Of course, when associating "winter" and "Canada" we naturally assume things are bitterly cold. How cold is it? Let's look at this infrared satellite image from this morning:
|Fig 1 -- GOES-E infrared satellite image from 1745Z, Dec. 22, 2010. From the HOOT website.|
But note in the above image how most of Canada is also in the green and yellow color range. In looking at the loop of satellite images, we can see that these areas aren't really moving. Is all of Canada stuck under a very cold stratus deck? Not at all! That's actually the radiation coming from the surface. The surface is so cold that it's as cold as a lot of the clouds we're seeing in association with storms around the edges of the continent. Looking at the color bar again, we see that those colors should correspond to temperatures in the -20 to -30 degrees Celsius range at the surface. Is this accurate?
|Fig 2 -- "Current Conditions" around Canada at around 18Z, Dec. 22 2010. From the Environment Canada website.|
Interestingly enough, though, this cold air at the surface does not translate to "cold" air aloft. Here's the latest hemispheric analysis:
|Fig 3 -- Hemispheric analysis of MSLP (contoured) and 1000-500mb thickness (shaded) at 12Z, Dec. 22, 2010. From the HOOT website.|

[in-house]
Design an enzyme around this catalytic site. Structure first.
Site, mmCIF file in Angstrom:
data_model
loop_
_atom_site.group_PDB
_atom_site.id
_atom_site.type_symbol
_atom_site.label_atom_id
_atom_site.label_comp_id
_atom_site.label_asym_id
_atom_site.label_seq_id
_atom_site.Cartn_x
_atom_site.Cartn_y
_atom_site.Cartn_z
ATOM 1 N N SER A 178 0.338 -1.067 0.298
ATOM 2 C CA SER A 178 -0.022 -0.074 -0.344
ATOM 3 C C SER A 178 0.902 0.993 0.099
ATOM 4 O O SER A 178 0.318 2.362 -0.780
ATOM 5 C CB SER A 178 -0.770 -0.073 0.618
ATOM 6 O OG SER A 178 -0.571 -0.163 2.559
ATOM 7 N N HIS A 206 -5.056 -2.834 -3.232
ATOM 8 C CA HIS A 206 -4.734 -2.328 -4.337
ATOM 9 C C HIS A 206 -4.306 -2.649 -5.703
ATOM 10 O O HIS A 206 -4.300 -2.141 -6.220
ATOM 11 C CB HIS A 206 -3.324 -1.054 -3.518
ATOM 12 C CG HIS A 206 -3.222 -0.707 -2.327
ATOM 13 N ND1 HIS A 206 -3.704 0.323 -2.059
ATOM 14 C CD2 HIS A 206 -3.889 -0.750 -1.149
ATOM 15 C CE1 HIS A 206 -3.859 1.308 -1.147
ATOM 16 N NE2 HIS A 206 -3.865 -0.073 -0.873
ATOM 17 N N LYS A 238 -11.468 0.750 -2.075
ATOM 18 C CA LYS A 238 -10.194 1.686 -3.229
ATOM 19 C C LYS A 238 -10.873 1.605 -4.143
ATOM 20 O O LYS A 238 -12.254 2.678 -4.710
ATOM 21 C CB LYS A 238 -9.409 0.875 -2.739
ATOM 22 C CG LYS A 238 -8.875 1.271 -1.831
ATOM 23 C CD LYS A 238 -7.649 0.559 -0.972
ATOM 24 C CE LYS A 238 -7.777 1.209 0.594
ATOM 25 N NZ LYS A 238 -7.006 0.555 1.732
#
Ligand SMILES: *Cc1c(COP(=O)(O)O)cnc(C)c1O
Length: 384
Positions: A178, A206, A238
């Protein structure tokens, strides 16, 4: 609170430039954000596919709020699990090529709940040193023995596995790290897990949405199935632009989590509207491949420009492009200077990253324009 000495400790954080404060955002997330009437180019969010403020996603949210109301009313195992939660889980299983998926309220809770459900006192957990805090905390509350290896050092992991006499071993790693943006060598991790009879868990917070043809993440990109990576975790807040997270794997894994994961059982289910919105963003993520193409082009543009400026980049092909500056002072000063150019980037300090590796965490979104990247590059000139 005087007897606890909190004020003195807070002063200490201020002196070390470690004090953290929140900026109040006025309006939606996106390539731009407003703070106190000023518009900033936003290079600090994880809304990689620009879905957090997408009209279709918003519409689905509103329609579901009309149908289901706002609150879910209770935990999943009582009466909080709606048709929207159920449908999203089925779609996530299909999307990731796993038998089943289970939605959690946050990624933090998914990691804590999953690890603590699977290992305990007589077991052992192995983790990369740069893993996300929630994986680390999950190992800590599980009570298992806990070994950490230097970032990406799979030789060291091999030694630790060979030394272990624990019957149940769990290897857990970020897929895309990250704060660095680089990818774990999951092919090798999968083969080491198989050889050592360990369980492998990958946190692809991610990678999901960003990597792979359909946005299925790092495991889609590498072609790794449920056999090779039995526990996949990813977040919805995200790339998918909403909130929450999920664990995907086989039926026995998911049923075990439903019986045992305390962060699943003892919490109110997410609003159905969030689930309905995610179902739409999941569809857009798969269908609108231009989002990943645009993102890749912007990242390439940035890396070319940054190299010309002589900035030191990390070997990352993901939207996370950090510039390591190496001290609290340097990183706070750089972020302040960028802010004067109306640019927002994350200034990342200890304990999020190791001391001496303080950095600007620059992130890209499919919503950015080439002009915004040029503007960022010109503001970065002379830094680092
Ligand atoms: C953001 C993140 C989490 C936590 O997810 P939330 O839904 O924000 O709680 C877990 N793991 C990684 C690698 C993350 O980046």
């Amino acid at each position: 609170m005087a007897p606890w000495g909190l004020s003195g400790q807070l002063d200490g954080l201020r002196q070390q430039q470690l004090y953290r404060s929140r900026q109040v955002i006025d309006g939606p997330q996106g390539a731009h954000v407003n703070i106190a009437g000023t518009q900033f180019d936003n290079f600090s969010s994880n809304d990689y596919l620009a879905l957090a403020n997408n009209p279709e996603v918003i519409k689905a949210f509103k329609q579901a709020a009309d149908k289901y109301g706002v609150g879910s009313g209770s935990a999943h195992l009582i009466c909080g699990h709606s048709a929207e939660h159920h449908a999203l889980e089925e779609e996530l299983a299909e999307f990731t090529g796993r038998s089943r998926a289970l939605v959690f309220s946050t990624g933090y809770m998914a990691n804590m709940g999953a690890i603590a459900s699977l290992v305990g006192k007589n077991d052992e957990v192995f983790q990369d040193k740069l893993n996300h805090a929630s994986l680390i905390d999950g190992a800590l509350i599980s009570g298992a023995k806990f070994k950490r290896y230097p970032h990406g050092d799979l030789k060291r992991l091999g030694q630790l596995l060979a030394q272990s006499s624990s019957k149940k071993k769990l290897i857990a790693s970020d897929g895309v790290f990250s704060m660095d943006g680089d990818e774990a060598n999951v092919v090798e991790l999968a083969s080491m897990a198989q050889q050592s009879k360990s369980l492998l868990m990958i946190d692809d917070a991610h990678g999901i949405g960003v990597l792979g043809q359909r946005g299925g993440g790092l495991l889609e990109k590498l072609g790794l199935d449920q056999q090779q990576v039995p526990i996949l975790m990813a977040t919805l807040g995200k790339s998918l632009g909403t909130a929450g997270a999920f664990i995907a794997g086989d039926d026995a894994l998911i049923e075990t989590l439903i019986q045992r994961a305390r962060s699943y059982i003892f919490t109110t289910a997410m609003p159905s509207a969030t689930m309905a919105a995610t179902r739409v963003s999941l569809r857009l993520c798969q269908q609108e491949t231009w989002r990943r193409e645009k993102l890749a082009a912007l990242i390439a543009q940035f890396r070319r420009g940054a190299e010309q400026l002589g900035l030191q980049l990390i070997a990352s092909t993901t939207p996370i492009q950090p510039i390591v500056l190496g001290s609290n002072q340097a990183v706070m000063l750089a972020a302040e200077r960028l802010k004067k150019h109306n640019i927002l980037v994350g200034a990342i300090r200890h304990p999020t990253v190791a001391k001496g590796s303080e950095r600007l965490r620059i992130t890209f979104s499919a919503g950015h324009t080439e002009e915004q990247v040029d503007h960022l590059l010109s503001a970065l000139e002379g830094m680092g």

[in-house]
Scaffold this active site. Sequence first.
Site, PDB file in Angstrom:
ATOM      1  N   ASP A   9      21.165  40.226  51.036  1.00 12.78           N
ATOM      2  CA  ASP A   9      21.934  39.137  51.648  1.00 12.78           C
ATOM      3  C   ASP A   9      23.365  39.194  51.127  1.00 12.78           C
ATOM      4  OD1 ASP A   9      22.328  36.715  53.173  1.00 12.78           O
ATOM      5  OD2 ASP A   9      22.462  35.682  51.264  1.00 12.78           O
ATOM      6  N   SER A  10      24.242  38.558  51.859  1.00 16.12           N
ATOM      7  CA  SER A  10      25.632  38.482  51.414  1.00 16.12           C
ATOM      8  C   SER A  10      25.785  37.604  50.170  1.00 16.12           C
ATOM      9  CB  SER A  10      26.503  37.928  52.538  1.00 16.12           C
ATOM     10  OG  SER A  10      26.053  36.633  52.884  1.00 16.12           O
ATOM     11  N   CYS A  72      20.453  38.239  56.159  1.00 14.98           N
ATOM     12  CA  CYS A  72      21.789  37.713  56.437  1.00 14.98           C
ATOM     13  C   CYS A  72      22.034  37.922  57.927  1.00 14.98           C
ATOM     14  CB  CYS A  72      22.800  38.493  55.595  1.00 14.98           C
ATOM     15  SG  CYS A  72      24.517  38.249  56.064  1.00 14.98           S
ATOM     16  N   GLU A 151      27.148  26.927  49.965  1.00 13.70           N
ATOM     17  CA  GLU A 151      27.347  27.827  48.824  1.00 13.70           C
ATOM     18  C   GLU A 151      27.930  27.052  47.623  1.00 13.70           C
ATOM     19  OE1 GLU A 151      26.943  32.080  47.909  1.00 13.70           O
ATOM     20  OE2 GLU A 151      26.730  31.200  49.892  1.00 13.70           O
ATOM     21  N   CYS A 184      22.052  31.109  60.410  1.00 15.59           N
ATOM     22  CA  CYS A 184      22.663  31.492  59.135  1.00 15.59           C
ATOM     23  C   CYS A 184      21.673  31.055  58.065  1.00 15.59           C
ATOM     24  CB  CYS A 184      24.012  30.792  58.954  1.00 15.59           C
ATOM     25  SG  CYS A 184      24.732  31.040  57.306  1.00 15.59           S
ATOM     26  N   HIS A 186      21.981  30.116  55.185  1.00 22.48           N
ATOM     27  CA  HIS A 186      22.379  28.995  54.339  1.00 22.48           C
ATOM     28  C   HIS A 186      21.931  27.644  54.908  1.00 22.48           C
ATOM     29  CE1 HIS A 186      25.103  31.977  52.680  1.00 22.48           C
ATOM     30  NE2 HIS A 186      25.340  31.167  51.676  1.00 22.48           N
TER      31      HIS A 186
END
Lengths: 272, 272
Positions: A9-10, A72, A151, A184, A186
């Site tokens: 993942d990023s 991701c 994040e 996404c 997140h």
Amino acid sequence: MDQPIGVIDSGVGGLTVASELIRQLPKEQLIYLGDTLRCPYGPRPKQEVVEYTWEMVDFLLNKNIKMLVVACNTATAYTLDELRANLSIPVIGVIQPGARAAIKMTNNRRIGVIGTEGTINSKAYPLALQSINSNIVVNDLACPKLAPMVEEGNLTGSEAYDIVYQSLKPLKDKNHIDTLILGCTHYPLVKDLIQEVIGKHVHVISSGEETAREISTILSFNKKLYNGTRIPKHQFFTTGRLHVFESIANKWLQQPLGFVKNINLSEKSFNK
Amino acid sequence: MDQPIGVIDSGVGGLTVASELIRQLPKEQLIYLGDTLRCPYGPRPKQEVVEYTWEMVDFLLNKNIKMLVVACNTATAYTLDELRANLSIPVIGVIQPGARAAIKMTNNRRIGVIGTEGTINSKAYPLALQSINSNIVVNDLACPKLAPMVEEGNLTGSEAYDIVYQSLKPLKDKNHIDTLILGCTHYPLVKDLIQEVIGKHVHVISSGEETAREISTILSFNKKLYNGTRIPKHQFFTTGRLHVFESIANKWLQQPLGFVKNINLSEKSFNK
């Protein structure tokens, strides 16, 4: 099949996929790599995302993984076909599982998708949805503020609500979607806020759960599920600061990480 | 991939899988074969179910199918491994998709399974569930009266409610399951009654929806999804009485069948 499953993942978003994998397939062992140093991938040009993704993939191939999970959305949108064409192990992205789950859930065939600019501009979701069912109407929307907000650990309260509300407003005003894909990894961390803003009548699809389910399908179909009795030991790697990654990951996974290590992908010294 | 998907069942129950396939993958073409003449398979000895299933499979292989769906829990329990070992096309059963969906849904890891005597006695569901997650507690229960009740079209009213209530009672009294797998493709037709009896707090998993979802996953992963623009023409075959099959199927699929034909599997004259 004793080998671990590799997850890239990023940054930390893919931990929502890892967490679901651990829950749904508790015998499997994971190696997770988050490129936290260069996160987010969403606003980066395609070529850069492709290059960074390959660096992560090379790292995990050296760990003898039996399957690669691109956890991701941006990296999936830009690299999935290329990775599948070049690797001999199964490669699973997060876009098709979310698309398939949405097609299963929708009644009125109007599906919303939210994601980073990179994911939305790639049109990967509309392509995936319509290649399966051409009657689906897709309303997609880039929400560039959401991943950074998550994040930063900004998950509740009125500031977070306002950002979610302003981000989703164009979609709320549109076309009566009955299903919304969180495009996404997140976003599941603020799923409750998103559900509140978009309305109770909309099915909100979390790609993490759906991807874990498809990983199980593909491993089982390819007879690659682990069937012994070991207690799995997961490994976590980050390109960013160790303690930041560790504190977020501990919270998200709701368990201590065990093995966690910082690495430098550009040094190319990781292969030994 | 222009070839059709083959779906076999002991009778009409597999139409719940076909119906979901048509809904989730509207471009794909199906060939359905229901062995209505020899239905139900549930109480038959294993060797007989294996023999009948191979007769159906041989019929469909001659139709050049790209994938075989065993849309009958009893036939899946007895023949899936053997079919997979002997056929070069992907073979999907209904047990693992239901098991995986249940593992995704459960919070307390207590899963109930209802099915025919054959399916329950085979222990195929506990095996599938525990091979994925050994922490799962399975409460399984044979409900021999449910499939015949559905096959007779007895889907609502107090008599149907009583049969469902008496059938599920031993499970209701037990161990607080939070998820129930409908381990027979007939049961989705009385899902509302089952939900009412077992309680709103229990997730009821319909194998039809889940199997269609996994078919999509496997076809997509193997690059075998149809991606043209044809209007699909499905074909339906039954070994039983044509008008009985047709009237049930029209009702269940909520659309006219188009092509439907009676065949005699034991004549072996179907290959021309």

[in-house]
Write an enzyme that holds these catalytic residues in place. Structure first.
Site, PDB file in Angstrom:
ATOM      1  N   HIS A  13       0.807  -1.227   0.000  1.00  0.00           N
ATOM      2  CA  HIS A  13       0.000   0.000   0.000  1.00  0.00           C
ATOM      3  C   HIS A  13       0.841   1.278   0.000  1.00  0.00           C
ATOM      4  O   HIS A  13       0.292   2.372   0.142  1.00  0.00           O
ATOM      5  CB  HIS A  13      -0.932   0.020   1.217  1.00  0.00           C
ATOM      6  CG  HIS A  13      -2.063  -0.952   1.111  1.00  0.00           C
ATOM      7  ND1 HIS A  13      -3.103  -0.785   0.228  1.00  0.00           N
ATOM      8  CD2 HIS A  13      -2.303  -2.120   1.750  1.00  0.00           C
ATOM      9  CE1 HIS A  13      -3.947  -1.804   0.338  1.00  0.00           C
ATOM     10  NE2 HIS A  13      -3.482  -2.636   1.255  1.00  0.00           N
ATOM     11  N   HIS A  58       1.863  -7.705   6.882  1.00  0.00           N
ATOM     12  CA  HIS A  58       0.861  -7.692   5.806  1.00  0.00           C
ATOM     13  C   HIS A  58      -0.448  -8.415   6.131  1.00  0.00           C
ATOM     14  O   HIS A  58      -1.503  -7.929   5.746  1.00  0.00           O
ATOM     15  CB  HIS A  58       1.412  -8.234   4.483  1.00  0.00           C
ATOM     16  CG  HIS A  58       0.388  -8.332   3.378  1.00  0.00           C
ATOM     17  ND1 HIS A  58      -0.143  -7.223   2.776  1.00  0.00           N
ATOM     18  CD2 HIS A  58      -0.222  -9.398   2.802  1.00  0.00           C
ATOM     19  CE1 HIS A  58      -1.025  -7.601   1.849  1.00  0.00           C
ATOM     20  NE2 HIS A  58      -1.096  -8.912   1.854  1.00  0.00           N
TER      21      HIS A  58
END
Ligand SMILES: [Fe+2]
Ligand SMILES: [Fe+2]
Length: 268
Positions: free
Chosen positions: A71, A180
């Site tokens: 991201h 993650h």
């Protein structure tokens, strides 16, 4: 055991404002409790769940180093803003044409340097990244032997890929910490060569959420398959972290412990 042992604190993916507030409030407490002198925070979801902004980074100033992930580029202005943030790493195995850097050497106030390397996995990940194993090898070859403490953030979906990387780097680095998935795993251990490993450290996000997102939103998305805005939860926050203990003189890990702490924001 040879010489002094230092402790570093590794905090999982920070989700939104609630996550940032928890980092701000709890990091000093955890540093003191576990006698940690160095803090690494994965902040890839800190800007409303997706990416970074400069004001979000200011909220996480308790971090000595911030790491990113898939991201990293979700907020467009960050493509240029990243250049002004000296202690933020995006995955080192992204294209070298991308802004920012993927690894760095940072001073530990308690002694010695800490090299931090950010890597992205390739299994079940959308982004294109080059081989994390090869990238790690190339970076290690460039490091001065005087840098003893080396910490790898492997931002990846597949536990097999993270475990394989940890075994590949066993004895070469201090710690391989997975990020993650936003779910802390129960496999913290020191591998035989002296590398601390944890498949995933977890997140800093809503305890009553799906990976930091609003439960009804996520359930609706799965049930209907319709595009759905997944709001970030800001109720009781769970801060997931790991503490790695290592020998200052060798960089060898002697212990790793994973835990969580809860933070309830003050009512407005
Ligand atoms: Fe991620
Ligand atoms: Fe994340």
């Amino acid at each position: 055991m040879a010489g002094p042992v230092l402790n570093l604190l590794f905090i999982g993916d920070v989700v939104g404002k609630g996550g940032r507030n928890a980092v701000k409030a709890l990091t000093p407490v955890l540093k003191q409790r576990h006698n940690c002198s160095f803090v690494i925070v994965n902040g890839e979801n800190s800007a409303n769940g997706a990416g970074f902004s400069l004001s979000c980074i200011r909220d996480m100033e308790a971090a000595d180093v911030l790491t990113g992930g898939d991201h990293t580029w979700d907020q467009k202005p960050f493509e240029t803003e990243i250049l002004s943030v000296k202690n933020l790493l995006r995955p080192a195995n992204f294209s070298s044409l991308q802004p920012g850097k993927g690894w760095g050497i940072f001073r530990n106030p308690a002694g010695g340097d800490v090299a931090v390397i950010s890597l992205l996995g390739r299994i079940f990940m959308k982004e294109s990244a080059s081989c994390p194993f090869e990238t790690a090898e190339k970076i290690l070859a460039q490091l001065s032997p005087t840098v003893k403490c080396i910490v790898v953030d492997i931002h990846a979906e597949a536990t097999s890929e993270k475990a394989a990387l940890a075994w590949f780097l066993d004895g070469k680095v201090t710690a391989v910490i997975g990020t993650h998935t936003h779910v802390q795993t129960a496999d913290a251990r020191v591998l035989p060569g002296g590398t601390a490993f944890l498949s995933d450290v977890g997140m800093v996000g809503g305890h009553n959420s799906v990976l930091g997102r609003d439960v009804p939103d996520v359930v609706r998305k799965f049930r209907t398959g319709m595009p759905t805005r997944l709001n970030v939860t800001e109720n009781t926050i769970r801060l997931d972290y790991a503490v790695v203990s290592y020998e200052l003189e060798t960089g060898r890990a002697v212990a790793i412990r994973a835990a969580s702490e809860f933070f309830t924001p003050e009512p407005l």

But this isn't totally unexpected. We are under a very broad ridge in the central part of the country and you can see that translating to a very sprawling surface high pressure center across much of the plains on the image above. Ridging aloft with high pressure below indicates large-scale subsidence. However, initially to have a ridge there had to be higher heights which (roughly, as stated above) correspond to "warmer" air since warmer air tends to occupy a greater volume than colder air, vertically expanding the troposphere and lifting heights. Furthermore, the large scale subsidence inhibits cloud formation, and with snow-covered ground free to radiate to the open sky (particularly at night), the ground will cool off rapidly. This already stable situation then becomes even more stable as we see colder air near the surface and "warmer" air aloft--a stable temperature profile. All this makes for some pretty quiet conditions (and cold temperatures at the surface!).
There's a lot of hand waving in that argument above. The details regarding the warm temperatures aloft changing heights could be debated in terms of quasi-geostrophic theory, but I'm not going to go into that now. I just wanted to point out the cold temperatures visible in the IR image and how it translated to clear skies and cold temperatures for much of the middle of the continent.